So, my encouragement you today is to leave space for the “Yeses.” Sometimes this means saying “No” to other things. Sometimes it means being willing to change our plans, to rearrange what we thought we were supposed so we can follow through on the “Yes.” Sometimes it just means being open and having faith to believe that He will enable us to follow through, and that this “Yes” isn’t even the end of the plan. It’s just the beginning.

Take time to join the discussion and share in the comment section. I’d love to hear from you.

What have you said, “Yes,” to recently? What doors opened as a result?

How do you discern when to say, “Yes,” and even when you’re tempted to say, “No?”



6 thoughts on “Doors Open when we say “Yes””

  1. I do have a very important question for you. How do I know if God is calling me to dance. I know such a silly question to ask right? I mean I just want to make the right choice. In the bible it doesn’t say that people will come to faith through dance, but by hearing the word of God. So I want to preach the word of God. That is my sincere desire is to give the gospel. But I also have a passion for dance!! Here’s a summary of my situation: It seems that the dance ministry I’m in- and the church it’s connected to may not have sound and biblical truths/doctrine. Yet, it’s a great opportunity to be there. And since I have been unsure about this churches teaching, I have started to attend a different church and their messages are full of God’s truth. Basically, it seems like I’m caught in the middle. I’m also worried about when another opportunity will come around to even dance for God. Yet, I would rather be at a church where there’s sound teaching and miss out on dancing, than be at church where there isn’t and be in the dance ministry. I really love dance and I feel like I’m called to do that, but I really want to be in a church where truth is being preached and I also want to give the gospel which “seems” like the only way to advance God’s kingdom effective. I really hope that made sense. I tried to summarize as much as possible. When I think about my life? I want to look back, I want to look in God’s face with confidence and say that I did everything I could to give the gospel. Instead of seeing him and realizing that I spent all my days trying to “fulfill my purpose and dreams.” People always talk about this purpose and calling. But I feel like I’m called just to be like Jesus, to glorify him, and to worship him. I live here on earth as a representative of who Christ is and to help the lost put their faith in him. I’m not here to live a comfortable life, but a life dieing to myself. And if that’s the case, where does that leave dancing? or even dancing for God? It seems impossible.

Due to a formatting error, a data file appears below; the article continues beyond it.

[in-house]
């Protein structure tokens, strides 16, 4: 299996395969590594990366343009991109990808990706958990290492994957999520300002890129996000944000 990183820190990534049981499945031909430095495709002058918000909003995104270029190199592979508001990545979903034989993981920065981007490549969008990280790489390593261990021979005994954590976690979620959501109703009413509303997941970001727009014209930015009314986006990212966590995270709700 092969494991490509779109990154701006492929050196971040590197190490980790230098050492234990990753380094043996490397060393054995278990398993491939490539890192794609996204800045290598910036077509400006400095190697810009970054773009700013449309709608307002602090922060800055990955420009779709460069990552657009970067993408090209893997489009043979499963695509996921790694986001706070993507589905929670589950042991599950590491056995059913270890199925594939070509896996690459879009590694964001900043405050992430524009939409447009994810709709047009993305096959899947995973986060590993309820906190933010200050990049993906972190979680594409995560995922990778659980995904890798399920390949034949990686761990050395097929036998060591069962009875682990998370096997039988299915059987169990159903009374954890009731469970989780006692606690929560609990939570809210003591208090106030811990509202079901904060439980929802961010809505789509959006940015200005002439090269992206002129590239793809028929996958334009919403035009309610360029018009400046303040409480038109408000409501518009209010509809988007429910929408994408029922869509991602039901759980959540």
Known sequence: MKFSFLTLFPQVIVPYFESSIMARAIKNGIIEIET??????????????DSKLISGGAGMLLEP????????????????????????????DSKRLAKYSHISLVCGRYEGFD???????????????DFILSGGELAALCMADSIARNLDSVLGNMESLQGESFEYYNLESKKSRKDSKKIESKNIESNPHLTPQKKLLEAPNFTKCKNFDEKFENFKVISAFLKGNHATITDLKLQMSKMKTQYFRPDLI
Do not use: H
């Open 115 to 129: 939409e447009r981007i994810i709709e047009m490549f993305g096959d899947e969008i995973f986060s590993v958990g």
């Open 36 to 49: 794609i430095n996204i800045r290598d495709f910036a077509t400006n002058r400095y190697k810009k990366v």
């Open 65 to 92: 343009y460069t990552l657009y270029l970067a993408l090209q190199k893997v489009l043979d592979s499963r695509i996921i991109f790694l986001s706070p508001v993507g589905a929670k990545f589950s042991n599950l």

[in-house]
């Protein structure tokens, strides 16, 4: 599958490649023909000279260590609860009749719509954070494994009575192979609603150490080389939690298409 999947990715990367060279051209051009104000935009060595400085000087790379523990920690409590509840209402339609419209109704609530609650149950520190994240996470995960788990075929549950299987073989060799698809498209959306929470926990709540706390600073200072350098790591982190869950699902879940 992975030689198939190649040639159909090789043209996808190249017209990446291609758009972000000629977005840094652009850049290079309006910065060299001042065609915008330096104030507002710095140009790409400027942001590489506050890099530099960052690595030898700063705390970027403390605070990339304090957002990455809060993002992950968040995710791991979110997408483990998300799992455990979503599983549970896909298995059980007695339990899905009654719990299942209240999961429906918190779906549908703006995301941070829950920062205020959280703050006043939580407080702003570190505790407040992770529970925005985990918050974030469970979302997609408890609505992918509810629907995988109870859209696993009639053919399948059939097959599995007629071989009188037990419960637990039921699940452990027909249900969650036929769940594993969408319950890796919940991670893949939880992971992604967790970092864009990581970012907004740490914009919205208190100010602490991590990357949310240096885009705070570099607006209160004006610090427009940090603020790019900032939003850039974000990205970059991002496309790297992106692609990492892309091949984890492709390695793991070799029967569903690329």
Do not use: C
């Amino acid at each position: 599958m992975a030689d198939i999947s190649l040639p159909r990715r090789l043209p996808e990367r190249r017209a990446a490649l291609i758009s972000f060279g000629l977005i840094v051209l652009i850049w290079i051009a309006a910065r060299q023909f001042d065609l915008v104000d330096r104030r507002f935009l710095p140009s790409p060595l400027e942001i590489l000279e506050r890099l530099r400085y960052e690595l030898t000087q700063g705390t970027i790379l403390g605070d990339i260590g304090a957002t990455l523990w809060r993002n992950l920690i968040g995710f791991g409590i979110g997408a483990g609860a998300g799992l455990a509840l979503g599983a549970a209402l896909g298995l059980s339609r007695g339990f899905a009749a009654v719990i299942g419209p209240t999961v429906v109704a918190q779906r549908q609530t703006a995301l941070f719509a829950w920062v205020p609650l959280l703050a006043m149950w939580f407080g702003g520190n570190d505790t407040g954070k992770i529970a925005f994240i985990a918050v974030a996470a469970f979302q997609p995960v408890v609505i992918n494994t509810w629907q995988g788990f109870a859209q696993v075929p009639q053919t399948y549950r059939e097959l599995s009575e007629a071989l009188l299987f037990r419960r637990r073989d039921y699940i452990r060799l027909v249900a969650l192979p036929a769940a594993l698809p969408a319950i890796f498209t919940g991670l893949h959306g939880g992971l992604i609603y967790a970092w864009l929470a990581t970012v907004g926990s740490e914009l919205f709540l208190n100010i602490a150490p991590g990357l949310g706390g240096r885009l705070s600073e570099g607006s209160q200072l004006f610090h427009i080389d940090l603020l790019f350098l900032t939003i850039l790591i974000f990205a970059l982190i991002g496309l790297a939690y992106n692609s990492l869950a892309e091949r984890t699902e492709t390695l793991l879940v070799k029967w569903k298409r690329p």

1. Thanks so much for sharing, Ashley. If you lay down your love for dance to honor the Lord, be faithful to the gospel and His word, He will honor you. You don’t know what the end of that story will be. We have been part of a church for the past two years that has been supportive of me as a dancer but also clear that they don’t want dance in their worship service. So, I’ve focused on using dance outside the church – teaching workshops for other dancers, continuing my own training, offering a dance camp to children, and accepting opportunities to dance with other churches. Now, my husband and I are planting a church, and I have had the chance to dance at one of our services. I guess the way I see it is that we are called to ministry. Dance is a language. It’s a powerful language for communicating God’s stories and for ministering, but it’s not the most important thing. I feel so grateful when the Lord lets me use dance in ministry. I also know I need to hold it with an open hand, otherwise, it’s just an idol. It sounds like you love dance but love Jesus more. Stay close to Him and He’ll show you what He wants you to do with dance.